A pictorial history of Texas, from the earliest visits of European adventurers, to A.D. 1879. Embracing the periods of missions, colonization, the revolution the republic, and the state; also, a topographical description of the country ... together with its Indian tribes and their wars, and biographical sketches of hundreds of its leading historical characters. Also, a list of the countries, with historical and topical notes, and descriptions of the public institutions of the state. Page: 48 of 859
This book is part of the collection entitled: From Republic to State: Debates and Documents Relating to the Annexation of Texas, 1836-1856 and was provided to The Portal to Texas History by the UNT Libraries.
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H ISTORY OF TEXAS.
"From Rendlebrock's spring, to where the wagon road
strikes the Fresh Fork of the Brazos, the country passed
through is slightly rolling, covered with excellent grass,
considerable mesquite timber of small growth, (from six
to twelve feet high), and having several streams and
springs of good water, with one or two (the Brazos and
Double Mountain Fork) salty at the point where crossed
by the road, though both are fresh near their heads.
The canon of the Fresh Fork of the Brazos is nearly
fifty miles in length and from one-half to two and a half
miles wide, through which flows a stream of excellent
water the whole distance. After reaching the plains, the
water is good for about twenty-five miles and then becomes
salty at its junction with the Brazos. The grass in all
the region of the country is excellent, and sufficient wood
for fuel is easily obtained. I believe that corn could be
grown the whole length' of the canon without irrigation,
except in unusually dry seasons.
"From about half way up the canon the road crosses to
the head of Double Mountain Fork of the Brazos, which
flows through a canon similar to that of the Fresh Fork,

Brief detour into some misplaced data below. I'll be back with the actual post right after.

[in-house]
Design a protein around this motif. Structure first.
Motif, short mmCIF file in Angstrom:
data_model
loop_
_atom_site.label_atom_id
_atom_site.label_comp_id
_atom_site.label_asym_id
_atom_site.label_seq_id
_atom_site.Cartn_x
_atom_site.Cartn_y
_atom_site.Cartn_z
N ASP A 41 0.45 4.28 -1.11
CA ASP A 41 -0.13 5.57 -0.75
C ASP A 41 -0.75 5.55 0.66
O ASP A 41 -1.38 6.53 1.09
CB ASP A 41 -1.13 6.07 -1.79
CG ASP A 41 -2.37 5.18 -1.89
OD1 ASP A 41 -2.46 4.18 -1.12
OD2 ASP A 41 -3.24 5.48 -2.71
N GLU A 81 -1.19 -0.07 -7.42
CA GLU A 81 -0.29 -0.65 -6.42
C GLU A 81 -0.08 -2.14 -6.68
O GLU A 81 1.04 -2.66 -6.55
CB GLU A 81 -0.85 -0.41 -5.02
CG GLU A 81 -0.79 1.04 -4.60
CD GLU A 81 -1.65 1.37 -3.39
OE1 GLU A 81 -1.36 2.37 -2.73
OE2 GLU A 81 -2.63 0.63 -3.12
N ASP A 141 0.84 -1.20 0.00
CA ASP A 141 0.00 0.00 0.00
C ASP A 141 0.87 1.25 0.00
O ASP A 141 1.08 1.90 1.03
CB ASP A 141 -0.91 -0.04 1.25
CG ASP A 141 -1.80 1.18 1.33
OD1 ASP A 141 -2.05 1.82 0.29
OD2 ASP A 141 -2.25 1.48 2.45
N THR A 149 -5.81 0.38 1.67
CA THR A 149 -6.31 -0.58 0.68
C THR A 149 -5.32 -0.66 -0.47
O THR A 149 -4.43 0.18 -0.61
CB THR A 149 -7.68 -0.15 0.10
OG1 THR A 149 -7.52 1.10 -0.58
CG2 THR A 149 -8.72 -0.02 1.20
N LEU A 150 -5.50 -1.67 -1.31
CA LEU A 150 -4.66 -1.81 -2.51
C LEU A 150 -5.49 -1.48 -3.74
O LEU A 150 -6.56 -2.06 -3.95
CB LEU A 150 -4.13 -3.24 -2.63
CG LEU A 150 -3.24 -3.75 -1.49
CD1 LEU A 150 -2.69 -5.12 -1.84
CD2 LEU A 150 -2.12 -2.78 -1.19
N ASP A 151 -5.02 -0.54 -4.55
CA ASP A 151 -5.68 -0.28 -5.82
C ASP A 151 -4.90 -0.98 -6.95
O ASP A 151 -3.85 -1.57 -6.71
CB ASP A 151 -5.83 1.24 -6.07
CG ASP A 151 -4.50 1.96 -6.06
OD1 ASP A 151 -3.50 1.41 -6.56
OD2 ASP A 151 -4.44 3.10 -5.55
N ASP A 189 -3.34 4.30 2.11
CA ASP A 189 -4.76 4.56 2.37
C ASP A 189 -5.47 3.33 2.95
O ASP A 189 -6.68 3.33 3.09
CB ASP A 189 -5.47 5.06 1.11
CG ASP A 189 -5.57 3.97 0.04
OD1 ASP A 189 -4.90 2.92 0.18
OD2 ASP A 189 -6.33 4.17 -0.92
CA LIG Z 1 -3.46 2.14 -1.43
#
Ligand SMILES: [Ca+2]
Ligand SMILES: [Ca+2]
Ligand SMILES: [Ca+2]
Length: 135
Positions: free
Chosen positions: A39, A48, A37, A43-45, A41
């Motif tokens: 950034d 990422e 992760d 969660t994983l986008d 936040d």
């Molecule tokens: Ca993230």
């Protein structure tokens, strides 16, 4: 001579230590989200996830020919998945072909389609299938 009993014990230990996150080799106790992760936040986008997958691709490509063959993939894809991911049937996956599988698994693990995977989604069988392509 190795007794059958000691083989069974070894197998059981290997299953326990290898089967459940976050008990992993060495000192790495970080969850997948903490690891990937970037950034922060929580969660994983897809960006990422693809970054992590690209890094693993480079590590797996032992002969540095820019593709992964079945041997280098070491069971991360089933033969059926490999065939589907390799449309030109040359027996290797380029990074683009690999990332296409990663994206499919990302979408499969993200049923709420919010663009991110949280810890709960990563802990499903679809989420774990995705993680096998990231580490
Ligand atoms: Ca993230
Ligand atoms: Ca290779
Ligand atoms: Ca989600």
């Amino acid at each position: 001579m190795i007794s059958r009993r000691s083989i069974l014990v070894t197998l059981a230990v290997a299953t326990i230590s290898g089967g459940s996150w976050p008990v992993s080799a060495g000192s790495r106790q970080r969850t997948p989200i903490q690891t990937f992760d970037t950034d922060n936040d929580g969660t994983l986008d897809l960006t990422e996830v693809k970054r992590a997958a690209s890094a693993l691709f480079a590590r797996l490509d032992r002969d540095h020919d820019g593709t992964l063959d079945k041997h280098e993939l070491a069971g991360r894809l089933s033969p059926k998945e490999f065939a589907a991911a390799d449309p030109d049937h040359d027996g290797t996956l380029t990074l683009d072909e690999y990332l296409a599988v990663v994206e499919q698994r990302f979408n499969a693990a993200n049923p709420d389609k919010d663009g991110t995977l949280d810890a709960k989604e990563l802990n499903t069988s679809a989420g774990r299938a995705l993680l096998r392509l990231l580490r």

parallel with it and about thirty miles distant, and extends
about the same distance into the plains.
"The country between these streams is high table land,
with scarcely any timber and but few mesquite roots.
Large circular depressions, filled with water for part of
the year, occur frequently, and the whole country is covered
with luxuriant grass, affording pasturage for immense
herds of buffalo, and would be sufficientto maintain
thousands of cattle and horses that could water, when the
rain-water holes dried up, in the Fresh and Double
Mountain Foiks of the Brazos.
"From the head of Double Mountain Fork to Casa
Amarilla the distance is forty-two miles, almost due west,
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Thrall, Homer S. A pictorial history of Texas, from the earliest visits of European adventurers, to A.D. 1879. Embracing the periods of missions, colonization, the revolution the republic, and the state; also, a topographical description of the country ... together with its Indian tribes and their wars, and biographical sketches of hundreds of its leading historical characters. Also, a list of the countries, with historical and topical notes, and descriptions of the public institutions of the state., book, 1879; St. Louis, Mo.. (texashistory.unt.edu/ark:/67531/metapth5828/m1/48/: accessed December 13, 2017), University of North Texas Libraries, The Portal to Texas History, texashistory.unt.edu; .